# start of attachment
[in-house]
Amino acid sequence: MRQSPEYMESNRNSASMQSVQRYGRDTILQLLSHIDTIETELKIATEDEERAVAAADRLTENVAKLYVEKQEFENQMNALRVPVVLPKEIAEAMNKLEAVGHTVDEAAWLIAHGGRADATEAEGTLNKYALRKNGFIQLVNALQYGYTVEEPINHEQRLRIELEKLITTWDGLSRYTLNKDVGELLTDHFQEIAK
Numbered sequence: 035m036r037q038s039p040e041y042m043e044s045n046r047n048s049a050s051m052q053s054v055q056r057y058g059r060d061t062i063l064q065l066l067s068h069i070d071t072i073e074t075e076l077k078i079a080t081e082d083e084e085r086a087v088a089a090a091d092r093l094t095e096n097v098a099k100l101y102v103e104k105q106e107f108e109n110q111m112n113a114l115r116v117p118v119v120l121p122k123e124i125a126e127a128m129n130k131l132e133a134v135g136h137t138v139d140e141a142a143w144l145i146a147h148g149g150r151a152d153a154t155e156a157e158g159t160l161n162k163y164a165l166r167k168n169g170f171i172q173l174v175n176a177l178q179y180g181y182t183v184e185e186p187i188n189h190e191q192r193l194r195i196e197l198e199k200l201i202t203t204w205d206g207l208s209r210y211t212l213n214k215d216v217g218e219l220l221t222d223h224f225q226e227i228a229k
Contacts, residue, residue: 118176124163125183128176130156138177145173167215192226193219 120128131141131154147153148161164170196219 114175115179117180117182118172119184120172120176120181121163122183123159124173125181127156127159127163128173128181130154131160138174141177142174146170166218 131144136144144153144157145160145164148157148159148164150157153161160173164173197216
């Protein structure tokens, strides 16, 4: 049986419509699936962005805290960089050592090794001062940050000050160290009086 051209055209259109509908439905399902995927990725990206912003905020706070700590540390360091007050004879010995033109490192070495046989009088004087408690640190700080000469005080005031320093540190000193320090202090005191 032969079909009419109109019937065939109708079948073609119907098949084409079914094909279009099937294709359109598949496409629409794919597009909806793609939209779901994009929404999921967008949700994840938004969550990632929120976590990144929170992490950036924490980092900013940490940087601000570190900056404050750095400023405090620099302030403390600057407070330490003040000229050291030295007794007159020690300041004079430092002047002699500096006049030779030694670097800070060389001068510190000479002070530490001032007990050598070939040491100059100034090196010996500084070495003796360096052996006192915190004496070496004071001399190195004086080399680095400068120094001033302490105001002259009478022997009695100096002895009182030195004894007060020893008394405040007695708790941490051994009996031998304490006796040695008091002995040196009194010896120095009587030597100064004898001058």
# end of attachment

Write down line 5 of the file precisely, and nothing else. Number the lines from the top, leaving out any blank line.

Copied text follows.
């Protein structure tokens, strides 16, 4: 049986419509699936962005805290960089050592090794001062940050000050160290009086 051209055209259109509908439905399902995927990725990206912003905020706070700590540390360091007050004879010995033109490192070495046989009088004087408690640190700080000469005080005031320093540190000193320090202090005191 032969079909009419109109019937065939109708079948073609119907098949084409079914094909279009099937294709359109598949496409629409794919597009909806793609939209779901994009929404999921967008949700994840938004969550990632929120976590990144929170992490950036924490980092900013940490940087601000570190900056404050750095400023405090620099302030403390600057407070330490003040000229050291030295007794007159020690300041004079430092002047002699500096006049030779030694670097800070060389001068510190000479002070530490001032007990050598070939040491100059100034090196010996500084070495003796360096052996006192915190004496070496004071001399190195004086080399680095400068120094001033302490105001002259009478022997009695100096002895009182030195004894007060020893008394405040007695708790941490051994009996031998304490006796040695008091002995040196009194010896120095009587030597100064004898001058």